To reach net zero carbon under the Greenhouse Gas Protocol, you can take credit for the green electricity that is already on the grid. So for example, in a place like Vancouver where 97% of the electricity on the grid is carbon-free, our greenhouse gas emissions are relatively light. However, under RE100, you cannot take credit for green electricity that is already on the grid. So we needed to purchase RECs to meet the RE100 criteria even though it really didn’t help us on our carbon journey which was fine. We were able to do all of that, no problem, but that wasn’t immediately apparent to me, at least, at the beginning of the journey. That was something I learned along the way. There are countless examples of things I learned along the way that I probably should’ve known upfront.

Marta: Yeah. When we think about the definition of net zero, it’s one of those complicating, complicating questions that there is no perfect answer to. Everyone has a slightly different definition and what I've settled on is that that’s okay. We are all working in the same direction, we are all striving to reduce our carbon emissions, become more energy-efficient, reduce our impact on the environment. And if everyone has a slightly different definition, but it’s moving in the same direction, that’s what matters most.

So whether it’s the World Green Building Council definition or GreenPrint definition, ASHRAE is coming up with a new 228 standard, any of those is great. And that’s something to keep in mind.

Natalie: Totally. And our approach is just to try to be as transparent as possible. And we publish our definitions and our numbers in our CR report and we disclose through CDP and we’re not trying to mislead anyone. And we’re trying to do the best we can and you can’t meet all of the definitions at once so the best you can do is kind of pick your lane and then be open and honest about it.

Michelle: Absolutely. And the thing I specifically learned I mean that I thought was even more prevalent in our conversation today is that there’s really like no singular path to achieving it either. It’s kind of a combination of different components that it will get pulled together and, Marta, to your point of that’s okay. The goal is to get there. It is better to kind of keep the needle moving forward so couldn’t agree more. And Kylie, anything to kind of add from your end as well on that side?

Kylie: Yeah. I mean I think just building off what Natalie was saying about show your work, show your math, I think that’s the most important part. One of the biggest stumbling blocks, honestly, is determining what your carbon footprint is. What’s your direct footprint? What’s your indirect footprint? It can be complicated to be talking through financial control, operational control. I’ve worked with clients where I have to get into the question of, “Okay, who actually sets the number on the thermostat in this particular building space?” so that we know whether that can be calculated.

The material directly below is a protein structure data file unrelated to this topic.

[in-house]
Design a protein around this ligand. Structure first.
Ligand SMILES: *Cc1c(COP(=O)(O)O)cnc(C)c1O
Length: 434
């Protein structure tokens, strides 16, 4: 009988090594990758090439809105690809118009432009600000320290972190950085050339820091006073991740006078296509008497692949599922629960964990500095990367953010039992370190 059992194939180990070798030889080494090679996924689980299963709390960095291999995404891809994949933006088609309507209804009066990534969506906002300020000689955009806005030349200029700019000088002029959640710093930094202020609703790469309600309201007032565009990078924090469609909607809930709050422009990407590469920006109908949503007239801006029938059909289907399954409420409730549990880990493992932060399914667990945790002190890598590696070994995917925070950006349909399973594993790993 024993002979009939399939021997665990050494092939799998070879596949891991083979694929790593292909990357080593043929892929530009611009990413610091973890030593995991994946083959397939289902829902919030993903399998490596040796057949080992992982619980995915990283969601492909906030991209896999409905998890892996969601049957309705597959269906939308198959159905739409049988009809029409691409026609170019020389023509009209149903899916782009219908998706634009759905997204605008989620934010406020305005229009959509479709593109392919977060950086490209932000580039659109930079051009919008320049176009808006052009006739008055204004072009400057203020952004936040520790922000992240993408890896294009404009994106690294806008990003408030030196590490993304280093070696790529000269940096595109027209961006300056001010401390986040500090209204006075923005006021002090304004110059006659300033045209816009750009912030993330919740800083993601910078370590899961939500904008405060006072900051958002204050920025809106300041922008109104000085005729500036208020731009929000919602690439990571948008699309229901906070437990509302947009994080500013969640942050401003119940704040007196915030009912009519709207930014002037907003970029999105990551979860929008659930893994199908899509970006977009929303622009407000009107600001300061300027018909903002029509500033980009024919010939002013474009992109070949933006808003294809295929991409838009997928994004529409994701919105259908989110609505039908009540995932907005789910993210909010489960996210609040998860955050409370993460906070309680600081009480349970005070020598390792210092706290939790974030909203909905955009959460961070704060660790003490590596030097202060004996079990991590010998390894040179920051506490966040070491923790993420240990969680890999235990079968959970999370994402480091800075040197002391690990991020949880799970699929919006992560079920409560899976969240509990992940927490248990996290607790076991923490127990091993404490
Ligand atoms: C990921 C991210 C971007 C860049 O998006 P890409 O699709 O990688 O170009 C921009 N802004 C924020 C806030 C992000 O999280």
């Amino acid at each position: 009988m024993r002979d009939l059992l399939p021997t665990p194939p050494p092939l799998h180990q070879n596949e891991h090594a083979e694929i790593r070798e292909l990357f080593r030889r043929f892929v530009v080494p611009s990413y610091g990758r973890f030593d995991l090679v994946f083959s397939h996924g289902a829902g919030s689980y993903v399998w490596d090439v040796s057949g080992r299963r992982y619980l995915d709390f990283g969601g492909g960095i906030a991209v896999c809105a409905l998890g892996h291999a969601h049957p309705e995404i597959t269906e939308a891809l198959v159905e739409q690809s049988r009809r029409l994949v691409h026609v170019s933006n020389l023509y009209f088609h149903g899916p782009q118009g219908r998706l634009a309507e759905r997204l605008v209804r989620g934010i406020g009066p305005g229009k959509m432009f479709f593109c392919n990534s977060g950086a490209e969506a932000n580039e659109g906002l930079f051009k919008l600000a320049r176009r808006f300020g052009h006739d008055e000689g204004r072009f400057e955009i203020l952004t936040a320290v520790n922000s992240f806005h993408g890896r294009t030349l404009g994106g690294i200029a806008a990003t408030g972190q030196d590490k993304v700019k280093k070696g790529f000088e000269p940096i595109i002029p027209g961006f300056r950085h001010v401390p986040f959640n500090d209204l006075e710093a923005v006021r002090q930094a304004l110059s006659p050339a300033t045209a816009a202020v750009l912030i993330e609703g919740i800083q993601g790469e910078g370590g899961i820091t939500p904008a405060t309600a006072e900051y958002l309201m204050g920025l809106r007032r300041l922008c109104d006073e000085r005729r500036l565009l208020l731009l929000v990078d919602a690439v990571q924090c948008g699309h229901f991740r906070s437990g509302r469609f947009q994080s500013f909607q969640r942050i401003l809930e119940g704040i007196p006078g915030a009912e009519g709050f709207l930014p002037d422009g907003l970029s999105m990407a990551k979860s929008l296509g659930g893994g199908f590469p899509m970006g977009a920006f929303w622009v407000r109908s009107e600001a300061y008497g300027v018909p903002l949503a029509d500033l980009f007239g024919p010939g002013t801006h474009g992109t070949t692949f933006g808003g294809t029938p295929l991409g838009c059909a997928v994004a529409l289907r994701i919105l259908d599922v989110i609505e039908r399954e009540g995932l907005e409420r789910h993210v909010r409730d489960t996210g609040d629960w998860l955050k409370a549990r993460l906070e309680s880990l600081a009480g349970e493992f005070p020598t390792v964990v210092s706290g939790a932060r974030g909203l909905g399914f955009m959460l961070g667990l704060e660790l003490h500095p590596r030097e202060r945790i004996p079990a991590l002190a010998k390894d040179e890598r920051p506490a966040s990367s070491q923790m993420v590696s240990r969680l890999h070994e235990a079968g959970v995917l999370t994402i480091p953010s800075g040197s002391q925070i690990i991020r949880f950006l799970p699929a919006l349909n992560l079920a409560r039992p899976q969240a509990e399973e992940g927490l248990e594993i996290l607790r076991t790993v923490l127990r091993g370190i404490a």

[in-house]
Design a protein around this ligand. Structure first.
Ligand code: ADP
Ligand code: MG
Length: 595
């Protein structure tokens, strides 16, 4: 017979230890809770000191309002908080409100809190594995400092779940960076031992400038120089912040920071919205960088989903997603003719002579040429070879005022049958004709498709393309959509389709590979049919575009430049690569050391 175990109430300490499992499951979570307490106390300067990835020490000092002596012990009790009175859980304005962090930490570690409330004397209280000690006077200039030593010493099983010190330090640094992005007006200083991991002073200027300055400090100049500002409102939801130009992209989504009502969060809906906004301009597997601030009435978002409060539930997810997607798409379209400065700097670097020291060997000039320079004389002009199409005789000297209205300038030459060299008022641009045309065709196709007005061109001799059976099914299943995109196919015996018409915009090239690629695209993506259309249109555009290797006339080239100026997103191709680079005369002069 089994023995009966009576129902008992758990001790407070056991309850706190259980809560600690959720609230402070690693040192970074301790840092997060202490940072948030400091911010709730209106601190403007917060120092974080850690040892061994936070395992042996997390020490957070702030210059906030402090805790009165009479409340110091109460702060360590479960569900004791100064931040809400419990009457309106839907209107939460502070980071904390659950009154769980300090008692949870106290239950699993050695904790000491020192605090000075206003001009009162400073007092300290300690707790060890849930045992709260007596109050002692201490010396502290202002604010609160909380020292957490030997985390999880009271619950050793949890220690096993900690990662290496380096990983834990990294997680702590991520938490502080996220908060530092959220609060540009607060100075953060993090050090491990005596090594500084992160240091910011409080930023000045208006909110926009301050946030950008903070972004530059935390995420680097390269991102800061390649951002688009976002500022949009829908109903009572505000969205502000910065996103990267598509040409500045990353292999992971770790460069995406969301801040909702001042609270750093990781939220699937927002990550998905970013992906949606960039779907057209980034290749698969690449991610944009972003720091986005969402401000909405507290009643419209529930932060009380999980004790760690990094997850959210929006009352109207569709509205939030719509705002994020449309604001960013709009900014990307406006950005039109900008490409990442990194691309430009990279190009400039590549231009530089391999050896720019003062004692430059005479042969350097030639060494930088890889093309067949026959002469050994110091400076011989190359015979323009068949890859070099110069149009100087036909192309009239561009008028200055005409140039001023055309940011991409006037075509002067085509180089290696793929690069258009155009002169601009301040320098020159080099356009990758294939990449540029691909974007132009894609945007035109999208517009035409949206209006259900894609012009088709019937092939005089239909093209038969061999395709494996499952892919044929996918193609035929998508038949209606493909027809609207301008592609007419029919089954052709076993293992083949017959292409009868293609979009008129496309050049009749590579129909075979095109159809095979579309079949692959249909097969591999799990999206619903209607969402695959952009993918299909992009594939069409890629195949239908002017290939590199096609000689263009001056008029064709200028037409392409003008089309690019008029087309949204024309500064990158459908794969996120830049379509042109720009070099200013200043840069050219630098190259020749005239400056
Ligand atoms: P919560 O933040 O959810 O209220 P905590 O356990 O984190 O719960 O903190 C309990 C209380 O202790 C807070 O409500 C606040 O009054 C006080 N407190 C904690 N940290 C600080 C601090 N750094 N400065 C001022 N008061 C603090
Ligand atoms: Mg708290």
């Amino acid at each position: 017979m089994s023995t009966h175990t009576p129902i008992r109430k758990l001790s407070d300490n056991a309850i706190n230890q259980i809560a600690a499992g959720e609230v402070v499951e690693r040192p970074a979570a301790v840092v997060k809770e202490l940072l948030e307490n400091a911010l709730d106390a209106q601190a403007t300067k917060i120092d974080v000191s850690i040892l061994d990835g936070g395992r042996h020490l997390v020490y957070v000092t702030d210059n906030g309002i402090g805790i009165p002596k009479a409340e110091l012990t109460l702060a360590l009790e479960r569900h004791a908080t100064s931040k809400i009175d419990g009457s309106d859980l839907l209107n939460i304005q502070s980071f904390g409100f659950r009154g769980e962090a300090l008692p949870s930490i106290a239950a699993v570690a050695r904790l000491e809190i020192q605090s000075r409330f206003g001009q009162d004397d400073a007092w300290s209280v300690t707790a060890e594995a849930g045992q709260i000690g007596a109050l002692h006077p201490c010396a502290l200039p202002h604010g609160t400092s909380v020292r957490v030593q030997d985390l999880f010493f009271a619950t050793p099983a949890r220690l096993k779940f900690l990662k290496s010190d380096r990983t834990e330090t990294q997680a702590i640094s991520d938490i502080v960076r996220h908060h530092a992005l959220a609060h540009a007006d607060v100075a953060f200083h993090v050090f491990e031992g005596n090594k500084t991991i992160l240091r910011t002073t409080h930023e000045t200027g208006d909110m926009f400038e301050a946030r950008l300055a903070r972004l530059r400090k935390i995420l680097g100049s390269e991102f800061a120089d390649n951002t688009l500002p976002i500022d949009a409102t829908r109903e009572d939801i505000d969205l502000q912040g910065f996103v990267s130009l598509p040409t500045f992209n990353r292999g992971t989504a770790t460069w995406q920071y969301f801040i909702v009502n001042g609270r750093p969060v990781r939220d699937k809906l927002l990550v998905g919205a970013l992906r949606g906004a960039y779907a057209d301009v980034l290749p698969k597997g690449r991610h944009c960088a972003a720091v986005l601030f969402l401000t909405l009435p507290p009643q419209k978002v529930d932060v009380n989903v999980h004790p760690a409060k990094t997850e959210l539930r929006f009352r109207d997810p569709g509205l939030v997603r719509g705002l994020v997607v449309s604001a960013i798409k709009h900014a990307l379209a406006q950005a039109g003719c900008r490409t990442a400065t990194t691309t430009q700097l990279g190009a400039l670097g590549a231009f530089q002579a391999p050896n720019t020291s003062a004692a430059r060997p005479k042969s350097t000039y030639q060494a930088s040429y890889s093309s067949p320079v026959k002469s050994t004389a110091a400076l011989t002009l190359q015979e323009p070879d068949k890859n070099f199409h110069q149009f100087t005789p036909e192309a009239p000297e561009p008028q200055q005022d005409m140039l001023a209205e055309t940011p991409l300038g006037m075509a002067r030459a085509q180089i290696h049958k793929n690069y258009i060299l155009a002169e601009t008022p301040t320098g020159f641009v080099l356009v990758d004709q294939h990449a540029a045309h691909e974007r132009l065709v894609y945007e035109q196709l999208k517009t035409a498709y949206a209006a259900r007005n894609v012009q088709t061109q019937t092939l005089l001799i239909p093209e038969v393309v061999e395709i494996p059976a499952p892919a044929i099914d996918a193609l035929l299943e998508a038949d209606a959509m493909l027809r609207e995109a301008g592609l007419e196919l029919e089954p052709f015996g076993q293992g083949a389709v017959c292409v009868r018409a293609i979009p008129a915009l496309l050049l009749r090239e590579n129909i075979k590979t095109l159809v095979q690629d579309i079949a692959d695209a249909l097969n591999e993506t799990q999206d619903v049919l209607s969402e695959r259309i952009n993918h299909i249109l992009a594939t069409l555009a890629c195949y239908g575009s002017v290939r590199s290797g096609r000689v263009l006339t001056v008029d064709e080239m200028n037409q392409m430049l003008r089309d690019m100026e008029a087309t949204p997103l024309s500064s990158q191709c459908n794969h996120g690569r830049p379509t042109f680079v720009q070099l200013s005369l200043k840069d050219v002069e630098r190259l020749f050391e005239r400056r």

So my advice is really just try and get your arms around that first. Determine what your scope is of your full inventory. And then from there, you can begin even just measuring okay if we change this one project, what’s that result in the carbon? You’re going to find that you can set targets and understand how much you’re able to move it. It's pretty much proportional to energy targets as well too, but really just get that baseline down. That's my engineering background speaking, but show as much work and as much math as possible.

Natalie: You brought up a point that’s near and dear to my heart. And for anyone on the line who’s interested in understanding what companies are doing and is looking at the math and reading the footnotes, that is such a key point to look at. Because many landlords, I mean there is discretion depending on the financial or operational control approach you take on doing the accounting, you can include tenant emissions in your Scope 1 and 2 numbers or you cannot. You can push them into Scope 3. That is a huge like many orders of magnitude difference. We include them.

We feel that like look, we don’t control that thermostat in the tenant space, but we control the building. We control the core infrastructure. It’s our responsibility and so we felt like it was important to be more conservative. We took those emissions on which make our numbers look bigger. It means there are more emissions for us to manage, but we feel pretty strongly that that’s the right thing to do, but that’s not necessarily something that all the landlords will do going forward. So as we see more and more moving to net zero, that’s going to be a really important thing to pay attention to.

Marta: I would love to add in that just getting started is so important. You were asking, Michelle, what do you do? It’s never too late to get started on a net zero journey and to join the leaders who are already on that path. The thing that holds some folks back is cost. They think, “Ugh! Buying all those offsets, it must be exorbitantly expensive.” It’s actually not that bad. Natalie, do you want to talk about that? From Hudson Pacific’s perspective? Or can you?